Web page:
Conclusions: The rate of mitral valve narrowing in patients with moderate mitral stenosis is variable and cannot be predicted by patient’s age, past commissurotomy, valve score or gradient. Secondly, larger baseline mitral valve area and Arab origin showed an independent correlation to loss of mitral valve area; and finally, in many patients valve area did not change over a long observation period.
 

March 2002
Edward G. Abinader, MD FRCPI, Dawod Sharif, MD, Arie Shefer, MD and Johanan Naschitz, MD

Background: Long-term follow-up in apical hypertrophic cardiomyopathy is rare.

Objective: To study the natural history of the disease.

Methods: We followed 11 patients, 5 women and 6 men, for 5-20 years.

Results: At presentation all 11 patients had typical features of apical hypertrophic cardiomyopathy, with dyspnea in 3 and chest pains in 8, of whom 5 were typical of angina and 3 had myocardial infarction. R-wave voltage and T-wave negativity progressively decreased in magnitude at serial electrocardiograms in four patients. Perfusion defects were detected on thallium myocardial scintigraphy in three, increased apical uptake in two, and normal in one patient. Apical aneurysm with normal coronary arteries developed in a patient who had sustained ventricular tachycardia. All of the 10 catheterized patients had normal coronaries except for one with significant left anterior descending artery stenosis and another with a minor lesion. Symptomatic sustained ventricular tachycardia was found in two patients, one of whom required the implantation of an internal cardioverter-defibrillator.

Conclusions: Apical hypertrophic cardiomyopathy may develop morphologic and electrocardiographic changes with life-threatening arrhythmias necessitating close follow-up and treatment.

May 2001
David Kershenobich, MD, PhD and Cristian Heinrich Henonin, MD

The hepatitis C virus is an enveloped positive-sense single-stranded RNA virus, which has been classified into 6 major genotypes and over 100 subtypes. HCV replicates mainly in the hepatocyte. Recently, infectious HCV cDNA clones have been generated. Despite evidence that innate and adaptative humoral and cellular immune responses are activated as part of an antiviral defense, HCV has a remarkable ability to establish persistent infection. The analysis of viral kinetics using mathematical modeling shows a relative steady state without treatment, while an immediate biphasic HCV decline occurs in blood during successful treatment, the latter being predictive of clearance of HCV by the end of treatment.

February 2000
Rivka Kauli MD, Rina Zaizov MD, Liora Lazar MD, Athalia Pertzelan MD, Zvi Laron MD, Avinoam Galatzer MA, Moshe Phillip MD, Yitzhak Yaniv MD and Ian Joseph Cohen MB ChB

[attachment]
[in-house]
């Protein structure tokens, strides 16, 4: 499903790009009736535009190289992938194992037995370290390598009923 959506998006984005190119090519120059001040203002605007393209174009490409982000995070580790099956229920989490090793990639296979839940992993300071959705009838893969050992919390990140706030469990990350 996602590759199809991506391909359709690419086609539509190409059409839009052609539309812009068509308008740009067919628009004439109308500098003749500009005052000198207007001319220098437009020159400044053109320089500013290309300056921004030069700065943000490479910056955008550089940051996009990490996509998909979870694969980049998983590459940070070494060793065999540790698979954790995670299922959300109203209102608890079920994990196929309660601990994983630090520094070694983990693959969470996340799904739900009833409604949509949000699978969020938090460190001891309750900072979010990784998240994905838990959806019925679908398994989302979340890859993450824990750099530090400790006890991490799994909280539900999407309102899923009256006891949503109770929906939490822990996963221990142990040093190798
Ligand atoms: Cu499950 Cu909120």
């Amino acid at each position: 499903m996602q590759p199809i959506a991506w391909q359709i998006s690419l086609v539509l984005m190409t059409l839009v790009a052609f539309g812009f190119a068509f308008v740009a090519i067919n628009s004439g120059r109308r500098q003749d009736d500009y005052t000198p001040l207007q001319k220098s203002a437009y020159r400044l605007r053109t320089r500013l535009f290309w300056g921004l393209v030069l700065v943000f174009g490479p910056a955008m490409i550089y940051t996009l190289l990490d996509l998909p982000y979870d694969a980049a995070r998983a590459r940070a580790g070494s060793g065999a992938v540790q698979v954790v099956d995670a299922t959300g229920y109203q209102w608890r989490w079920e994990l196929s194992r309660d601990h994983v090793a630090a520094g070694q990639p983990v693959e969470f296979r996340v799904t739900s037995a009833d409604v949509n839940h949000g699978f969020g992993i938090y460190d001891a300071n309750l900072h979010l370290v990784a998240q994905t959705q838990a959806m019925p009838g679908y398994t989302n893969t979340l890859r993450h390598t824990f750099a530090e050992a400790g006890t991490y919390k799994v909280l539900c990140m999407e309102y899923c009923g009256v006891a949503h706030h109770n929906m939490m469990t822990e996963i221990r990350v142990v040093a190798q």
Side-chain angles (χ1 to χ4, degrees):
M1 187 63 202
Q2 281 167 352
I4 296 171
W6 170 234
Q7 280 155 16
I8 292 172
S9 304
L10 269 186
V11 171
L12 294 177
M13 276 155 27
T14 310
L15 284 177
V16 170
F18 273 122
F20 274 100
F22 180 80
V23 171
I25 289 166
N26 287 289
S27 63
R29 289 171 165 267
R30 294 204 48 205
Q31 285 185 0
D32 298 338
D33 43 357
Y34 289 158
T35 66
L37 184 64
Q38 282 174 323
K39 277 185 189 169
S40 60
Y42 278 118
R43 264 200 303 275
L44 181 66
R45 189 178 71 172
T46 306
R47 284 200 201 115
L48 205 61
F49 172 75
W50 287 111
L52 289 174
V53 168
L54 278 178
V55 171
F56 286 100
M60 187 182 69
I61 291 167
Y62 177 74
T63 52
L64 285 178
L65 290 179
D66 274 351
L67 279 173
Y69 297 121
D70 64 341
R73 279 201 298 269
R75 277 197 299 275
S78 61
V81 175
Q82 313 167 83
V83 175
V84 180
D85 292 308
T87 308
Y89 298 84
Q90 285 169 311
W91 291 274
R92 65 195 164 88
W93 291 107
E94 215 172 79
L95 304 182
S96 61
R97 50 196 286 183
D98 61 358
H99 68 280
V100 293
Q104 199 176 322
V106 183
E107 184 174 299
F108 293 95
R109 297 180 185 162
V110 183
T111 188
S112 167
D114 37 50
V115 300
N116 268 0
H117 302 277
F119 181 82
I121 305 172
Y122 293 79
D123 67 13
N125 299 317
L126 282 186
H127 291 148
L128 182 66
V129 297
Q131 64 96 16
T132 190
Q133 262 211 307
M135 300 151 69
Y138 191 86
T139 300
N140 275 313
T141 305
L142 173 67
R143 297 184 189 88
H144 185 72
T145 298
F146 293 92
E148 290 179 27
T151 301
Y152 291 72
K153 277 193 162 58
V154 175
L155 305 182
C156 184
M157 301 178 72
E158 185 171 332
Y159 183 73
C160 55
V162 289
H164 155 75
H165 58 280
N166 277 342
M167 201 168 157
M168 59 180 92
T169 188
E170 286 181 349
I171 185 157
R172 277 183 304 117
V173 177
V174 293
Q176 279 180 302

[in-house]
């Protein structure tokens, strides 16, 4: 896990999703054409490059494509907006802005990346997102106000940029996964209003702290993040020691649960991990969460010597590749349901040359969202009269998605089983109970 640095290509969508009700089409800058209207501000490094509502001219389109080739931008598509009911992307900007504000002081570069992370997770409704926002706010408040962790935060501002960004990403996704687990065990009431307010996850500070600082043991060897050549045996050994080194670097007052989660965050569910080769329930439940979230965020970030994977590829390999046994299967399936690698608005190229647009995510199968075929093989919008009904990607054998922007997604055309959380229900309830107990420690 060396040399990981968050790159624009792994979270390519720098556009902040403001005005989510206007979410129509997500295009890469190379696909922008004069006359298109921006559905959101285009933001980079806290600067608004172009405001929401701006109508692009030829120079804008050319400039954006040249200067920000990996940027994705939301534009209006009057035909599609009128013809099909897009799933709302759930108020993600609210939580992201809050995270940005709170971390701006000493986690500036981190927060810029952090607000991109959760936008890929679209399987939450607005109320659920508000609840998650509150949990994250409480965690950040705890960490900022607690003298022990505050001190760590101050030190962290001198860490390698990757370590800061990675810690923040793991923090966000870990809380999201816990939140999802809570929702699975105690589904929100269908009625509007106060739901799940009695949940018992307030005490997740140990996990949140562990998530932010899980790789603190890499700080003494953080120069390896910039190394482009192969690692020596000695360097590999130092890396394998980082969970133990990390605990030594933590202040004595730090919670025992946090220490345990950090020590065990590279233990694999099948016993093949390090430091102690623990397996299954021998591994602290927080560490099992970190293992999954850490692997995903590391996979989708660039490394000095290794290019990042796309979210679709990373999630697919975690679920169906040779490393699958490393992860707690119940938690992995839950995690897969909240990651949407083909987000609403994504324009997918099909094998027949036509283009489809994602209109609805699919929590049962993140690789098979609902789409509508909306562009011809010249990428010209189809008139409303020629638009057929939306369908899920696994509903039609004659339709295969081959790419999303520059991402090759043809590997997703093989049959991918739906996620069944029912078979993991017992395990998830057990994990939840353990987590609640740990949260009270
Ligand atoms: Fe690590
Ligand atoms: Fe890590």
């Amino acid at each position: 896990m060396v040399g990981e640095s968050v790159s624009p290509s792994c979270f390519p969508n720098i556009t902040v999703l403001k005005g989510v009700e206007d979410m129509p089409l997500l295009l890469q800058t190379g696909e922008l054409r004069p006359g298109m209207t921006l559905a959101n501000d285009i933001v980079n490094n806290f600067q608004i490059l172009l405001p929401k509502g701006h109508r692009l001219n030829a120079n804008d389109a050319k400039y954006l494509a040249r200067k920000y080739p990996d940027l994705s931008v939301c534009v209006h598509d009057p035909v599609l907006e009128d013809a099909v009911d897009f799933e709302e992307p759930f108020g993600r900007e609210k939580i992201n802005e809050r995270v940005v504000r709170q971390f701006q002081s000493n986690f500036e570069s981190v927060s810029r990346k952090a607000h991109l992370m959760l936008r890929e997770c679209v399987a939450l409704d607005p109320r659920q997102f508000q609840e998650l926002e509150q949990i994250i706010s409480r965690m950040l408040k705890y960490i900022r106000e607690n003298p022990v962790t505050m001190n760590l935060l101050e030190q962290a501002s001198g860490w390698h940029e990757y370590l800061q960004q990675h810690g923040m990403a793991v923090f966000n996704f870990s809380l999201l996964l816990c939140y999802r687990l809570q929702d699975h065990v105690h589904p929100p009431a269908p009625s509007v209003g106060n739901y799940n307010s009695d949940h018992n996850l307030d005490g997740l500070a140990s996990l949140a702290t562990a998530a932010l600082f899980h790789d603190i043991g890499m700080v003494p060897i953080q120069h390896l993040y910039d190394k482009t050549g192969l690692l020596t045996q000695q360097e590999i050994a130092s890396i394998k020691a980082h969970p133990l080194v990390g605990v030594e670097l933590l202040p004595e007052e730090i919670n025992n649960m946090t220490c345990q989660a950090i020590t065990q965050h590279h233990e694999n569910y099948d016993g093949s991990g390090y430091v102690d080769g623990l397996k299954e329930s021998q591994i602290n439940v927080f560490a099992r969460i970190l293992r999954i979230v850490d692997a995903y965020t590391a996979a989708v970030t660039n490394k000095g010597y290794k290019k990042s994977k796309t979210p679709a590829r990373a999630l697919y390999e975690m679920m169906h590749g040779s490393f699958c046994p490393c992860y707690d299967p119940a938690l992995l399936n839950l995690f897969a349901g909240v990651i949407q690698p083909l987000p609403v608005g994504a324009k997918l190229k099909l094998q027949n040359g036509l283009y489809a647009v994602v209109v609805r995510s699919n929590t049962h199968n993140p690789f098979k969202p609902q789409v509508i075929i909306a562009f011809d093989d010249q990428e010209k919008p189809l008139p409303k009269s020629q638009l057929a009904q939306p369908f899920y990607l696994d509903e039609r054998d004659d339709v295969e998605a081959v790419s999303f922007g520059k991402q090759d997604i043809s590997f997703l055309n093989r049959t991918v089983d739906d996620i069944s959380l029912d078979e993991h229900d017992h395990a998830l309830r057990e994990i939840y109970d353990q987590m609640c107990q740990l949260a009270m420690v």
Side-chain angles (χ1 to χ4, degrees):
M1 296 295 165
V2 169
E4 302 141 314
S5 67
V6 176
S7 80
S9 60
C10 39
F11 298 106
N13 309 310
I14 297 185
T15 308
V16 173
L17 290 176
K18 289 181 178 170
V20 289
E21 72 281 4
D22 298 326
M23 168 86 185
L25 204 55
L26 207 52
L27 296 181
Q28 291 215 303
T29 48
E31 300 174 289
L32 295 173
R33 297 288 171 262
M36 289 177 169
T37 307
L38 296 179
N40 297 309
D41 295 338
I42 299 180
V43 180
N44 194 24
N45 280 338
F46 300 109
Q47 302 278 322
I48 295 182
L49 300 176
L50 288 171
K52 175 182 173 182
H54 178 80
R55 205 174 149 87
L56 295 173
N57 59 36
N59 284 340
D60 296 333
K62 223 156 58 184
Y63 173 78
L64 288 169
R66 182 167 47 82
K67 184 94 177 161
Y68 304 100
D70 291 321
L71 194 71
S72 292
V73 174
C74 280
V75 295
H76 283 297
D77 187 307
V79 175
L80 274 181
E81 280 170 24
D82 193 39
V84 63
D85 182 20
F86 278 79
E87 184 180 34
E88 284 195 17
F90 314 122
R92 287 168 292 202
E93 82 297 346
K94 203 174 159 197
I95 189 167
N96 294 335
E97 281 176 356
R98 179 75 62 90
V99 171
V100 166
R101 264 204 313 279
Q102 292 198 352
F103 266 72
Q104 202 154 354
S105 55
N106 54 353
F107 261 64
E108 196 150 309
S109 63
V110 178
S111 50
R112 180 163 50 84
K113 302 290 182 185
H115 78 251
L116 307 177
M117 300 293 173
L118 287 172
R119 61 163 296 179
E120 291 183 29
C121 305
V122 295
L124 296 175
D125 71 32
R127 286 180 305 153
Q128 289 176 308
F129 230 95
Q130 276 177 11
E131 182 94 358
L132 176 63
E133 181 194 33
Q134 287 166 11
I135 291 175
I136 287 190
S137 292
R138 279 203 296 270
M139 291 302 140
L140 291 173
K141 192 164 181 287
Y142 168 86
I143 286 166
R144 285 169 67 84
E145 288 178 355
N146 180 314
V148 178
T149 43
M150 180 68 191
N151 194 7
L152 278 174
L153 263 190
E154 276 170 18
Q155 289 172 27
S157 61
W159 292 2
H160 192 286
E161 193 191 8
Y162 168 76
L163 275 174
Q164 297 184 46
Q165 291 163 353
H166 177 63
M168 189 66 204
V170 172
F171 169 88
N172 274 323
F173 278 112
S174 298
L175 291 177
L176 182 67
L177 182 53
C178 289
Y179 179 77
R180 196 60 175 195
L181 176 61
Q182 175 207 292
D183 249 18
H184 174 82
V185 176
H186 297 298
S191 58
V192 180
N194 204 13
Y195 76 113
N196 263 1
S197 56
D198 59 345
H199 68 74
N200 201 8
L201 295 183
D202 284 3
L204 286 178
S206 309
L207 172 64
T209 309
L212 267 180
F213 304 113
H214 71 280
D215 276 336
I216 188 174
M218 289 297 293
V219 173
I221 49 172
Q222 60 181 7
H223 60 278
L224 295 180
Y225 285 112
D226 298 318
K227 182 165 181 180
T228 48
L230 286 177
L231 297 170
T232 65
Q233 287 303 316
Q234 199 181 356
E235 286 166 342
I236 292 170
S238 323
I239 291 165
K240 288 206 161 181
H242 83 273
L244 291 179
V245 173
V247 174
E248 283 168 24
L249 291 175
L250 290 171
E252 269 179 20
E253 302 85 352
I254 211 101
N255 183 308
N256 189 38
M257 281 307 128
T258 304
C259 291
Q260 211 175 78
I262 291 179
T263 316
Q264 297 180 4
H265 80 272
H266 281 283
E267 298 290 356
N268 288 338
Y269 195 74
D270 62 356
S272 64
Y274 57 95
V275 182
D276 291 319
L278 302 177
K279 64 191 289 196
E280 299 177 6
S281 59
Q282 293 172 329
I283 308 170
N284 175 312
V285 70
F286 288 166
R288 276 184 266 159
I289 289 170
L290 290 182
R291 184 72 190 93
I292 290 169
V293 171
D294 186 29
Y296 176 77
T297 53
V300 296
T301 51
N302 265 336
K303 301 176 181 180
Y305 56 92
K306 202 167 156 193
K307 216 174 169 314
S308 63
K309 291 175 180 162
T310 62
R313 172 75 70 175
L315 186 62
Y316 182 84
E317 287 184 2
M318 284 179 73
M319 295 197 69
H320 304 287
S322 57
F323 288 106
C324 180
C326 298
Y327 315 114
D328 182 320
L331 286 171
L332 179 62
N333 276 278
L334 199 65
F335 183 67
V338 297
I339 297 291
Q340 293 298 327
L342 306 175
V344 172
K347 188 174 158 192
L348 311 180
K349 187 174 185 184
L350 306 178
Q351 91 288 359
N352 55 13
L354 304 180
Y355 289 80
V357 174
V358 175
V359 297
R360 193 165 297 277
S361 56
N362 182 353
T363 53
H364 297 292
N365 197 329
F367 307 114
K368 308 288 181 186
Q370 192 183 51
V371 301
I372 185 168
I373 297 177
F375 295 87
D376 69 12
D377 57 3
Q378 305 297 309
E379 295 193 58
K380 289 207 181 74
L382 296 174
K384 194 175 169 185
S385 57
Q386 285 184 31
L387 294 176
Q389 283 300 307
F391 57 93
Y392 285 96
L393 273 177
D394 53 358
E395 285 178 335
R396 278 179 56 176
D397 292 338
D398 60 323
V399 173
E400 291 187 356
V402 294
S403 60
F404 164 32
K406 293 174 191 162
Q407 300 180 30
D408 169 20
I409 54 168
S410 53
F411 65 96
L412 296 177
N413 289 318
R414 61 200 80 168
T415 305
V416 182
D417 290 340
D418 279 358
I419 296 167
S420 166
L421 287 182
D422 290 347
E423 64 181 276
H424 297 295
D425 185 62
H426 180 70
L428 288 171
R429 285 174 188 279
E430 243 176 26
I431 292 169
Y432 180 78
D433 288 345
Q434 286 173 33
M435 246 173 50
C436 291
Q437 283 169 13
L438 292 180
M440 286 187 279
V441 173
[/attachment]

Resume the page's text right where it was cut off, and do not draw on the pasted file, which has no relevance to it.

Background: Growth retardation in childhood was only recently recognized as a prominent feature of Gaucher disease type 1, but there are few data on both the pubertal development and the final outcome of growth and sexual maturation.

Objective: To investigate the natural pattern of growth and puberty in patients with Gaucher disease type 1 and the effect of splenectomy and enzyme replacement therapy.

Methods: We retrospectively analyzed growth and puberty in 57 patients with Gaucher disease type 1; 52 were followed since childhood and/or prepuberty and 42 have reached sexual maturity and final height. In the analysis we considered severity of disease, time of splenectomy, and start of enzyme replacement therapy.

Results: Deceleration of growth at age 3–5 years was observed in 30 of 57 patients followed since early childhood while untreated: height-SDS decreased from -0.34±0.42 at age 0–3 years to -1.93±0.95 (P<0.01) at age 7–10 years and was more pronounced with severe disease. A high prevalence (59.6%) of delayed puberty, which was more frequent with severe disease, was observed in 47 patients followed before and throughout puberty. No primary endocrine pathology was found. All patients, untreated as well as treated, with growth and pubertal delay had a spontaneous catch-up, achieved full sexual maturation, and most (83.3%) reached a final height within the range of parental height–standard deviation score. Splenectomy (partial and/or total) performed in 20 patients while still growing had a beneficial effect on growth, which was temporary in some and did not affect puberty. ERT improved growth in 11 patients who started therapy before puberty, as evidenced by a progressive increase in the height-SDS, and seemed to normalize the onset of puberty.

Conclusions: Growth retardation in childhood and delay of puberty are characteristic of Gaucher disease type 1 and are more frequent with severe disease. There is a spontaneous catch-up later in life and most patients reach a final height within their genetic growth potential. Enzyme replacement therapy apparently normalizes growth and possibly also the onset of puberty.

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ERT = enzyme replacement therapy

SDS = standard deviation score